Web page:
Person of Interest is one of my most anticipated 2012 fall shows.
If you asked me about it when the show first started airing, I probably would have laughed. It was decent, but lacked a certain kick when it came to the stories and the characters involved. It just felt... well, standard.
Except the series kept getting better and better, expanding the mythology, figuring out how to walk the tight line of closed episodes while pushing forward with the larger story, always giving us fun action sequences, and allowing the characters to grow beyond their most basic layouts.
The series never settled, never got comfortable and kept trying new things, all while maintaining the aspects that worked the best. It quickly became a drama to look forward to every week.
What's noticeably wonderful, but could be also seen as a flaw by some, was giving Reese a new number to follow up on and not quickly wrapping up the Finch kidnapping.
It's so often that a premiere will take those last moments of a previous season's finale and get it out of the way in order to start a new journey. Similarly, the case of the week gets put on the back burner in order to fully delve into mythology and the larger problem at hand, instead waiting to get to the typical procedural stuff in the following episode.
But I'm glad that it wasn't a one-and-done and instead a nice cohesion of everything.
Reese, aside from a little help from Fusco and Carter, had to deal with the problem on his own. He certainly proved his competence in the brains department despite the fact the show likes to peg him as the muscle with a husky voice. And even though he likes working on his own, we really got a sense that he's become something of a friend to Finch. These two are a team and he won't stop trying to rescue him.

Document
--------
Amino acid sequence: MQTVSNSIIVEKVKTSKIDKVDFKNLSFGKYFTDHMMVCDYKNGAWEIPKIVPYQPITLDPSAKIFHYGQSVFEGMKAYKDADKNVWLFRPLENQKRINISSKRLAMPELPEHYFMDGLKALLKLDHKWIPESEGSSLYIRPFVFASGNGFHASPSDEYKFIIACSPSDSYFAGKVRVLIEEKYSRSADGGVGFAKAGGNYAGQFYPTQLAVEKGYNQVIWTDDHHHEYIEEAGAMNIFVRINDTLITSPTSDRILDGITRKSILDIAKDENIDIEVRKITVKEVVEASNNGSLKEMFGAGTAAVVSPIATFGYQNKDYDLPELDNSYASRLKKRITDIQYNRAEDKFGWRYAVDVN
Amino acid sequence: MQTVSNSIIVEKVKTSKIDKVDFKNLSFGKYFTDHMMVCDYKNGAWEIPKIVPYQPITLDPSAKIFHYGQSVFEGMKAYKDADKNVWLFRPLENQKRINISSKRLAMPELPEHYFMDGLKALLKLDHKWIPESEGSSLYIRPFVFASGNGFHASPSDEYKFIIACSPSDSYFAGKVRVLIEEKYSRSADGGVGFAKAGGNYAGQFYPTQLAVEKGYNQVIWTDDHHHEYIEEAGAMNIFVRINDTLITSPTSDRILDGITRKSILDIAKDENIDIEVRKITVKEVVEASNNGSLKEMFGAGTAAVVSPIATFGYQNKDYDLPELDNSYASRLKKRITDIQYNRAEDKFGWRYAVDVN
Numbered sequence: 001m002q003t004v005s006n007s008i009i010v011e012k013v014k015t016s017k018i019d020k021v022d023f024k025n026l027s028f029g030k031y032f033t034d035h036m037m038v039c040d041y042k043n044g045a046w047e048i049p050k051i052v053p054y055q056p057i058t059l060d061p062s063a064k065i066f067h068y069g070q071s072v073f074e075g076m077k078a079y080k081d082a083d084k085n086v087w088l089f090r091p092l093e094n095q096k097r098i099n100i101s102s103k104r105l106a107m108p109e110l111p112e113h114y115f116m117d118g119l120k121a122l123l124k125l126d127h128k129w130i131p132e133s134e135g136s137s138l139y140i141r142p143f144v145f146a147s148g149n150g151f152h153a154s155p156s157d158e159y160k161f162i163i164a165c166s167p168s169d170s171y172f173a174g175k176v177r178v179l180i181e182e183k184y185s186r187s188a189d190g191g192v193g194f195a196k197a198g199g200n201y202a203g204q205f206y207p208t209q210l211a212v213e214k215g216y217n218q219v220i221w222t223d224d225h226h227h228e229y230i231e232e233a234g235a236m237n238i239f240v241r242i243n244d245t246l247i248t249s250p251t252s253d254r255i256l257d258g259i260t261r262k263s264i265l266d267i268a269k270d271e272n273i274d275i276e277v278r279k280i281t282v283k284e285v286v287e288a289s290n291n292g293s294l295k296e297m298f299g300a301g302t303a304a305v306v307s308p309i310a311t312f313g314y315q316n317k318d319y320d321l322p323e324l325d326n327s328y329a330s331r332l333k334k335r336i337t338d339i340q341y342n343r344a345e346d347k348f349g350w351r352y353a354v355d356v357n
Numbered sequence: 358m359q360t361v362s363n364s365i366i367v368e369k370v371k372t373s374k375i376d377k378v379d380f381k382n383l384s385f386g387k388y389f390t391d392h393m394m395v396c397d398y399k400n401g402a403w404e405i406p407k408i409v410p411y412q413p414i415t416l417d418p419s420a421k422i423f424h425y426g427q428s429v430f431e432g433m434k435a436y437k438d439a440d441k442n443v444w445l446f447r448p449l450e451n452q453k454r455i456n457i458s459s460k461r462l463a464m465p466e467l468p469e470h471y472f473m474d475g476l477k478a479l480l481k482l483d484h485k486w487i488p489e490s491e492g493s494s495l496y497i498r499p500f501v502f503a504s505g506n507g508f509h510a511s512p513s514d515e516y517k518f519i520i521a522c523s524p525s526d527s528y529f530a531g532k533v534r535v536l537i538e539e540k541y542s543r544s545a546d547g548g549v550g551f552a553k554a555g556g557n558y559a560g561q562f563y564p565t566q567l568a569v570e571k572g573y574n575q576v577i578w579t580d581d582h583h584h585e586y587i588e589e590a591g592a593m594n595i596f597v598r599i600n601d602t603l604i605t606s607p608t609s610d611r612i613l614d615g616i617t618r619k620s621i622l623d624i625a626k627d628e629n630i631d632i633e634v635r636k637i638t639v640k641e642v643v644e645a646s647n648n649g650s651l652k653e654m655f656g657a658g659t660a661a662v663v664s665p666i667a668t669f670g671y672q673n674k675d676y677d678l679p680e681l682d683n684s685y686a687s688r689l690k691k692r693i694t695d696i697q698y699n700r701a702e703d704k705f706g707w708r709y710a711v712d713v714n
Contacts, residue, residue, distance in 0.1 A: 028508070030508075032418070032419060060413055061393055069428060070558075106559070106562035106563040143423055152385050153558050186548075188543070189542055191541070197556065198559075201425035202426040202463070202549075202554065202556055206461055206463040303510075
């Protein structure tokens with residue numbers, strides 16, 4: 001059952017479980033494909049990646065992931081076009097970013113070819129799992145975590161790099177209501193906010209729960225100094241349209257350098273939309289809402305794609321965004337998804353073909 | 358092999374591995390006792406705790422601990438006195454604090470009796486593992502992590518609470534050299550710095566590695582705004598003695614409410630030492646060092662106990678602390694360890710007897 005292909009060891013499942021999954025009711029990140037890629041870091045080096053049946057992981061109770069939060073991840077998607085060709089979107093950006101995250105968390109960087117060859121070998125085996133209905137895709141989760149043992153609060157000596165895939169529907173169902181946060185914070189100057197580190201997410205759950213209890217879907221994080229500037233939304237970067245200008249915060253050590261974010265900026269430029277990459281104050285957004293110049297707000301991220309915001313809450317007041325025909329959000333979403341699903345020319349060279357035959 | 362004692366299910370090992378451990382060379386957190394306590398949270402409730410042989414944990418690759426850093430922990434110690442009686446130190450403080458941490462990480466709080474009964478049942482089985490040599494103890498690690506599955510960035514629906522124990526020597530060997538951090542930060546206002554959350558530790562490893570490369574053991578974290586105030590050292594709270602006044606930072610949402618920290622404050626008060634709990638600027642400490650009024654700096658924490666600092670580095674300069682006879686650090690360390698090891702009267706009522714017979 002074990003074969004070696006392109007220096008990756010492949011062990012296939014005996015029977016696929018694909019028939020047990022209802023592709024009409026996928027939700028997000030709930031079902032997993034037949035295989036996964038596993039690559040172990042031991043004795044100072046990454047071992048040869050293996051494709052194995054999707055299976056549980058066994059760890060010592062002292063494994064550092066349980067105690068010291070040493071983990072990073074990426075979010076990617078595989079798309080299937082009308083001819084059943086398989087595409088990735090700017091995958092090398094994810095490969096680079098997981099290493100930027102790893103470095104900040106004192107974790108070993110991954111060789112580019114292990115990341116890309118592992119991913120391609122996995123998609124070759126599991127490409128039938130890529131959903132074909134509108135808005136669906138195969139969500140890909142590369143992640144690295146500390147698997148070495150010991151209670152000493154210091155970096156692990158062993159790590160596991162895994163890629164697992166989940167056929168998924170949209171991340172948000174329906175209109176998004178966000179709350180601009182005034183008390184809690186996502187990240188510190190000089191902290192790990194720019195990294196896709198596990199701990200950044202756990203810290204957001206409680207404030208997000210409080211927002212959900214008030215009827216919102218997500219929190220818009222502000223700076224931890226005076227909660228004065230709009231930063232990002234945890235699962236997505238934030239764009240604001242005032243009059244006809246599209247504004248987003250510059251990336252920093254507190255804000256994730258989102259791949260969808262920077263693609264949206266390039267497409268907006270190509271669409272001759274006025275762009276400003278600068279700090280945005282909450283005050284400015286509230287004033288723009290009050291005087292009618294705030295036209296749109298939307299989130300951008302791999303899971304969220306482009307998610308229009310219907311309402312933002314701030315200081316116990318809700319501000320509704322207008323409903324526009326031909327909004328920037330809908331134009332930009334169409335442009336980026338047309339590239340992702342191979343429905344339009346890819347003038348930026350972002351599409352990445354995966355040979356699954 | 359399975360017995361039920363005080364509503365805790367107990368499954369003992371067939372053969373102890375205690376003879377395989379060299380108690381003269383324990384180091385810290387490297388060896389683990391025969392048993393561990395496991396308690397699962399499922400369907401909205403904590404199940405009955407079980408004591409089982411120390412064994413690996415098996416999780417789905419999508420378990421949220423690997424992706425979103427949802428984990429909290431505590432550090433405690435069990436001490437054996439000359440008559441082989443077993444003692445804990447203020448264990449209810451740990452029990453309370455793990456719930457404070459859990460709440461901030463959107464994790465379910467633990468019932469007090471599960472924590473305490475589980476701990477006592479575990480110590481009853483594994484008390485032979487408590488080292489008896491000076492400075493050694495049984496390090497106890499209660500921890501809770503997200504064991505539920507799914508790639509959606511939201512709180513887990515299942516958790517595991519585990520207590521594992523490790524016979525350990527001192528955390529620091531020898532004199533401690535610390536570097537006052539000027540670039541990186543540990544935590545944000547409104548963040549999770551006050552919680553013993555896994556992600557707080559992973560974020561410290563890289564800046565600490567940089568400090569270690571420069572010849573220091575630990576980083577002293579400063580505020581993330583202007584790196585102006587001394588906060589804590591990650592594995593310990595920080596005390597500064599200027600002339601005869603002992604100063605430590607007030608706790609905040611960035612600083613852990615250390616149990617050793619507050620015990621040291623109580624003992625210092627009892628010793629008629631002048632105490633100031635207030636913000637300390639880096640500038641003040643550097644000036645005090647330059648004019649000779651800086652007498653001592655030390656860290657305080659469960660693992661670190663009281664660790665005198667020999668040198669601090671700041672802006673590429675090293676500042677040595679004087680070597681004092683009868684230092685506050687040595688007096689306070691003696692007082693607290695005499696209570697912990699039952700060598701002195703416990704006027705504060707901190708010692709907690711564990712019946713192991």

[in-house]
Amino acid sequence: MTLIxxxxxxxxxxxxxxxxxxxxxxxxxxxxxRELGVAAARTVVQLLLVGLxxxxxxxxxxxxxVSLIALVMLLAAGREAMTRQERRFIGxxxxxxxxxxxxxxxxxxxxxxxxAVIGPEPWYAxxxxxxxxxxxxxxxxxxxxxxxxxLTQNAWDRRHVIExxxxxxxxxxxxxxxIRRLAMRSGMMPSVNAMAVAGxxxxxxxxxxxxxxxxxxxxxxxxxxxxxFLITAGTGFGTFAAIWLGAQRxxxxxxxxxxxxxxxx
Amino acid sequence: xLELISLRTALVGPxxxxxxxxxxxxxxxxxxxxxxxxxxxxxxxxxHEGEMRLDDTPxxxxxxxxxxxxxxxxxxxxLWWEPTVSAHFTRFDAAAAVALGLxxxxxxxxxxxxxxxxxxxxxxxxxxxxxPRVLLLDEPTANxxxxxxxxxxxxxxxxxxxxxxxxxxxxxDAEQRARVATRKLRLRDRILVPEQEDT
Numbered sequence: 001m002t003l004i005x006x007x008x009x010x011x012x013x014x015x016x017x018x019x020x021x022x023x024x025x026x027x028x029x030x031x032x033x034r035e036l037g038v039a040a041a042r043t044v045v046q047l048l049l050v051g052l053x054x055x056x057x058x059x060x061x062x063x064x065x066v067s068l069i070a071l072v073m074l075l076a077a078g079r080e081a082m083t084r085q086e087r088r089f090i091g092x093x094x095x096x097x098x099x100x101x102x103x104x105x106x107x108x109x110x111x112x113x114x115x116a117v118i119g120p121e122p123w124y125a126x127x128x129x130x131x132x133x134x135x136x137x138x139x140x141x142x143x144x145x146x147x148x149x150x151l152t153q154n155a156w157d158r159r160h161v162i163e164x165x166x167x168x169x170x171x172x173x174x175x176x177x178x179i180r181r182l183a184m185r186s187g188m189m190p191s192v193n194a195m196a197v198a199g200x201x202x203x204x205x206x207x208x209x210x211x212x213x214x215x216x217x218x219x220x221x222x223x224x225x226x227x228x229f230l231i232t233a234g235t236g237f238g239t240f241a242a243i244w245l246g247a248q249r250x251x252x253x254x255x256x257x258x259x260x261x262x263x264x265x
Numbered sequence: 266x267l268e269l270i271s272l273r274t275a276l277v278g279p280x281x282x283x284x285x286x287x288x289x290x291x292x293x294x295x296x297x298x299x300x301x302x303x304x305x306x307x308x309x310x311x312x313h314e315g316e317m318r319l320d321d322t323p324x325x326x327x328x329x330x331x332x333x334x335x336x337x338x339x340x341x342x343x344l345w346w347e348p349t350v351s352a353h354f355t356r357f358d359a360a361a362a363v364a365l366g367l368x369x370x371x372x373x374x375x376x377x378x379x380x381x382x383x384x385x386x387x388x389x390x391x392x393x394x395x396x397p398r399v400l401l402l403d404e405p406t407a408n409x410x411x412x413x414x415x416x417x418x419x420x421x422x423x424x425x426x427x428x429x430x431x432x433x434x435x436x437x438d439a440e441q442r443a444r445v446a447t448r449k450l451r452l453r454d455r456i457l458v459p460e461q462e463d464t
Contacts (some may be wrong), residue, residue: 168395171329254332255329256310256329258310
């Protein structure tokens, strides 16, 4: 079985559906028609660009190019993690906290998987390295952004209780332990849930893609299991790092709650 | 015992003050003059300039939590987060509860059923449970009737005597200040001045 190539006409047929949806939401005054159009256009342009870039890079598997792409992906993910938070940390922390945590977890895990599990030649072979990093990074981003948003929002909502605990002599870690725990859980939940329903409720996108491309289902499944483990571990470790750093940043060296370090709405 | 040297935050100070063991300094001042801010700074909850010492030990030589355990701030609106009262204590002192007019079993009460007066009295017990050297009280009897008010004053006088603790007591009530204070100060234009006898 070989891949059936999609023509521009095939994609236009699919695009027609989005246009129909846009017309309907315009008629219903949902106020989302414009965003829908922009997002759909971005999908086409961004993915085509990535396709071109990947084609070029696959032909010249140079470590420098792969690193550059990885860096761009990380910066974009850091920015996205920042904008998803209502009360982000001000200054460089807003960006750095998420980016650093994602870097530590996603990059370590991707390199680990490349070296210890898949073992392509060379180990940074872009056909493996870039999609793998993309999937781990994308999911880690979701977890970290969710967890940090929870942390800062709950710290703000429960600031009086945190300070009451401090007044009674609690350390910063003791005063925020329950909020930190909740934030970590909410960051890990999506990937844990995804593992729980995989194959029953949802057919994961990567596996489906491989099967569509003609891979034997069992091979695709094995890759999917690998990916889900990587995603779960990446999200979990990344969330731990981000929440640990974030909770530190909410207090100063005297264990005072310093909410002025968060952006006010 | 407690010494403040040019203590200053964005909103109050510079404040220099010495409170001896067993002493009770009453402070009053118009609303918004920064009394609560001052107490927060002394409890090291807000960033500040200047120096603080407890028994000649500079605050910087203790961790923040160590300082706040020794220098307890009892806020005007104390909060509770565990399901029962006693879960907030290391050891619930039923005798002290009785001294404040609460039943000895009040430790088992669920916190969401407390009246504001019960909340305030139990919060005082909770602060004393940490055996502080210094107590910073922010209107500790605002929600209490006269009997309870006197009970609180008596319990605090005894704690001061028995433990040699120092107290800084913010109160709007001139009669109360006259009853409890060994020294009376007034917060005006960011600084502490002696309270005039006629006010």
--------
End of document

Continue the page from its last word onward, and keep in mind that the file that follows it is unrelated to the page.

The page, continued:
Of course, the hour wasn't without its action scenes of shooting everyone, knocking people off motorcycles and fighting a gigantic Aryan Brotherhood leader. Man, that guy was huge! Although it was kind of funny that Carter saved the day, but Reese was just resting, right?
At the same time, I enjoyed that Reese continued to illustrate a certain dry humor, whether he was talking about how many friends he has or issuing a "gag order." Reese may not be a bubbly or cliched cocky super hero, but he's not blandly quiet either. And he's good with babies and dogs, so he's not just a stone cold killer.
Finch is still an enigmatic character, as bits and pieces of his past slowly rise to the surface. Mostly it has to do with his tinkering of the Machine and it makes me wonder just how much "intelligence" it actually has.
Is it something that could cause the end of the world, a la The Terminator?
It clearly has some level of a "brain" in both saving Finch from near death and finally agreeing to help Reese. It makes me excited and curious as to what would happen if Root really did unleash it. How powerful and damaging could it be?
Clearly Root is as crazy as she is smart, but what is her ultimate endgame? She's good at manipulating Finch's love for humanity, and excitedly comparing herself to him, but is she working alone? I wish Finch could escape, but maybe he has some plans up his sleeve.
Sure, Reese was able to get a lead on the hacker kidnapper in Texas and this might be one of those times where we see the Machine work outside its restricted New York zone.
But, like always, we can't forget all the other small details the show places in. Like the corrupt government officials trying to squash the Alicia Corwin murder; or sending the assassin after Reese. Even Reese getting a new sidekick in his dog, Bear, was rather fun. But will that dog stick around?
Truthfully, there is so much to explore and so many places to go that this episode already has me prepped and ready for what's next. There's a certain level of trust Person of Interest has established in weaving masterfully each piece together, and with it's great combination of action and drama, there's no shortage of excitement week to week.
Person of Interest is must-watch television.
Sean McKenna was a TV Fanatic Staff Writer. He retired in May of 2017. Follow him on Twitter.